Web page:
For any North Carolina couple contemplating divorce, the division of marital assets is one of the most stressful issues they will face. The process of dividing assets usually includes determining the net value of the family home (unless the couple has resolved this issue by an earlier agreement) and awarding a portion of this value to each spouse. The family home is often a family’s single largest asset, and valuing and dividing this asset can occupy a large amount of time and energy. One method of reducing the burden of reducing the stress caused by this issue is to hire a professional appraiser.
In simple terms, an appraiser determines the net fair market value of real estate to assist parties in making decisions about the asset. The methods used by most appraisers should be understood by anyone who is facing a dispute about the value of the family home.
Virtually all appraisers will use the Uniform System of Professional Appraisal Practices (USPAP). Which specifies uniform methods of conduction an appraisal and a pledge of ethics. A USPAP appraiser will first visit the home (or whatever property is being valued) and conduct a thorough examination of the premises. Most appraisers will use today’s digital technology to photograph the interior of the property. If the exterior condition of the property is a issue, the appraiser will photograph these conditions as well. The appraiser will also carefully measure the dimensions of each roof. In addition to inspecting and photographing the interior of the home, the appraiser will note the type of neighborhood in which the property is located.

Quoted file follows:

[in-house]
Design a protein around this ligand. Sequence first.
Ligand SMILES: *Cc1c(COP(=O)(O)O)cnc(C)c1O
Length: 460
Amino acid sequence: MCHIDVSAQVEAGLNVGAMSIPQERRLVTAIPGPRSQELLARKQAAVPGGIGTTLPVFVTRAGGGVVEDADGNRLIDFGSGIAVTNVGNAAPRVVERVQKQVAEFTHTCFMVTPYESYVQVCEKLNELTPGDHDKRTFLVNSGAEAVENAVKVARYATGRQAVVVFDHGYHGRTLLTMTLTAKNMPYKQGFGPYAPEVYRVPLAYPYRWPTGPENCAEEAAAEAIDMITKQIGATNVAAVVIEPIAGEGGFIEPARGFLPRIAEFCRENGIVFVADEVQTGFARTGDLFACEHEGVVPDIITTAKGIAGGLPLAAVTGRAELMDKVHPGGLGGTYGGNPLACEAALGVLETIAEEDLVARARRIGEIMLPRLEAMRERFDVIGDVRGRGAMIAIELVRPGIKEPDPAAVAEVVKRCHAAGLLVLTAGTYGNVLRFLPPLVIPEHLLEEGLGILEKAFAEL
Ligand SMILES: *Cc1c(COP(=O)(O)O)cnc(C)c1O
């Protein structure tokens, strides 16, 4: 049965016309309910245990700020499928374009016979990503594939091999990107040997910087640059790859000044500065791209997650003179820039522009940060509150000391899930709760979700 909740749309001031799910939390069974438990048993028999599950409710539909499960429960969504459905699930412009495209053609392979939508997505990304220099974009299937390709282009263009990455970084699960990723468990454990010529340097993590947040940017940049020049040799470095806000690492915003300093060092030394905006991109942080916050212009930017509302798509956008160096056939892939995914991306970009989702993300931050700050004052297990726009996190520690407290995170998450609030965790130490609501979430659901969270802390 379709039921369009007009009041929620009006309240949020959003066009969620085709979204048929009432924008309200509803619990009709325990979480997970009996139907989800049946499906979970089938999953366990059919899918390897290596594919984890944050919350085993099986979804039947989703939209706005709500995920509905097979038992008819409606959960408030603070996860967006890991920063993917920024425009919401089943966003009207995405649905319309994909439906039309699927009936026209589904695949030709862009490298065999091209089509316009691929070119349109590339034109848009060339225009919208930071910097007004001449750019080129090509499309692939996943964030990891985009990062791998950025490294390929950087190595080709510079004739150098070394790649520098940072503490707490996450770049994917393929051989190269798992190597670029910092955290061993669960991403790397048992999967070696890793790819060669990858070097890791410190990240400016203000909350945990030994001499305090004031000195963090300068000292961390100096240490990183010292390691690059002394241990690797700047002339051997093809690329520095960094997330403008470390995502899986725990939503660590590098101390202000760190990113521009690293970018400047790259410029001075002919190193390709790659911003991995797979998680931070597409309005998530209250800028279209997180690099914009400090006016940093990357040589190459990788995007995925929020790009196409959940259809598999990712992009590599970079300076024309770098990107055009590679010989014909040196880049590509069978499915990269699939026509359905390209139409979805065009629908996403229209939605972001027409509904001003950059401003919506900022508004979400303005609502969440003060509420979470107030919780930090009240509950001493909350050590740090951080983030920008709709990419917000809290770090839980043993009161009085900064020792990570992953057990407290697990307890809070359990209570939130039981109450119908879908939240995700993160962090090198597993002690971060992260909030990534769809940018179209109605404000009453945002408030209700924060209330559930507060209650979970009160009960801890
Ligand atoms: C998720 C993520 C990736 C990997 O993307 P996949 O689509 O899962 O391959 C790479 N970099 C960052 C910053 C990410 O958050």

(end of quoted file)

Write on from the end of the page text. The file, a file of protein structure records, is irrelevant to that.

Appraisers generally use one of three methods of valuation: income approach, replacement approach, and comparable value approach. The income and replacement cost approaches are rarely suitable for residential property (unless it contains rental units), most appraisers use the comparable value approach to value.
In using the comparable value approach to valuation, the appraiser will collect the sale prices of homes in the neighborhood and make notes on the size, structure, and amenities of each comparable property. The appraiser will next adjust the prices of the comparable properties to bring them within range of the subject property. After making appropriate adjustments to value, the appraiser will form an opinion as to value for the subject property. The appraisal will be contained in a written report that can be provided to the judge and to the opposing party.
A professional appraisal is widely recognized as a reliable and accurate method of determining the value of the subject property. An experienced divorce attorney can assist in finding a reliable appraiser and using the appraisal effectively in the asset valuation property.